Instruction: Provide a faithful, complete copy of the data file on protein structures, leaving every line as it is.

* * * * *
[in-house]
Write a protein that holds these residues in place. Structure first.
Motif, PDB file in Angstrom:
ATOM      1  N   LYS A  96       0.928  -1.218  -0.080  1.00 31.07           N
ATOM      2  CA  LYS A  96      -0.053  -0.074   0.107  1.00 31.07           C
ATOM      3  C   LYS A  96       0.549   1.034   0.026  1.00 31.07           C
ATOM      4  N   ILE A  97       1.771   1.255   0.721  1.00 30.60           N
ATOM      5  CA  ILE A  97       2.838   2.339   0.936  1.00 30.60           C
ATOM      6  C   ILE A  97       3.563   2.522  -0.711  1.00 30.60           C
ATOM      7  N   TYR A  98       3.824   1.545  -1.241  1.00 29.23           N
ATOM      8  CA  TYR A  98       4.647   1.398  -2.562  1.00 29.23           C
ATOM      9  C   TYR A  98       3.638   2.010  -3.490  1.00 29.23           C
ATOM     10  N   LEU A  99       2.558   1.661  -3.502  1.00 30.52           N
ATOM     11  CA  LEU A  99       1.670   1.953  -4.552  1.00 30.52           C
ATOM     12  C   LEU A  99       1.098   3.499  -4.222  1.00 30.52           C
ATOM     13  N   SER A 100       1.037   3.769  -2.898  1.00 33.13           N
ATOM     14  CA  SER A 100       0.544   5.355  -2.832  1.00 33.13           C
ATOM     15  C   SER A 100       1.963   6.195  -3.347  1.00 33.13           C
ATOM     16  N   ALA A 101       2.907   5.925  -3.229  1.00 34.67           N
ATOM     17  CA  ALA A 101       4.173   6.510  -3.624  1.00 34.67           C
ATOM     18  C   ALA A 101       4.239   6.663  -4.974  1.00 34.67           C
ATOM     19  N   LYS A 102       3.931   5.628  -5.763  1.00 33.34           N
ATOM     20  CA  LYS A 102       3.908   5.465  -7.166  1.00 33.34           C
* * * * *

[in-house]
Write a protein that holds these residues in place. Structure first.
Motif, PDB file in Angstrom:
ATOM      1  N   LYS A  96       0.928  -1.218  -0.080  1.00 31.07           N
ATOM      2  CA  LYS A  96      -0.053  -0.074   0.107  1.00 31.07           C
ATOM      3  C   LYS A  96       0.549   1.034   0.026  1.00 31.07           C
ATOM      4  N   ILE A  97       1.771   1.255   0.721  1.00 30.60           N
ATOM      5  CA  ILE A  97       2.838   2.339   0.936  1.00 30.60           C
ATOM      6  C   ILE A  97       3.563   2.522  -0.711  1.00 30.60           C
ATOM      7  N   TYR A  98       3.824   1.545  -1.241  1.00 29.23           N
ATOM      8  CA  TYR A  98       4.647   1.398  -2.562  1.00 29.23           C
ATOM      9  C   TYR A  98       3.638   2.010  -3.490  1.00 29.23           C
ATOM     10  N   LEU A  99       2.558   1.661  -3.502  1.00 30.52           N
ATOM     11  CA  LEU A  99       1.670   1.953  -4.552  1.00 30.52           C
ATOM     12  C   LEU A  99       1.098   3.499  -4.222  1.00 30.52           C
ATOM     13  N   SER A 100       1.037   3.769  -2.898  1.00 33.13           N
ATOM     14  CA  SER A 100       0.544   5.355  -2.832  1.00 33.13           C
ATOM     15  C   SER A 100       1.963   6.195  -3.347  1.00 33.13           C
ATOM     16  N   ALA A 101       2.907   5.925  -3.229  1.00 34.67           N
ATOM     17  CA  ALA A 101       4.173   6.510  -3.624  1.00 34.67           C
ATOM     18  C   ALA A 101       4.239   6.663  -4.974  1.00 34.67           C
ATOM     19  N   LYS A 102       3.931   5.628  -5.763  1.00 33.34           N
ATOM     20  CA  LYS A 102       3.908   5.465  -7.166  1.00 33.34           C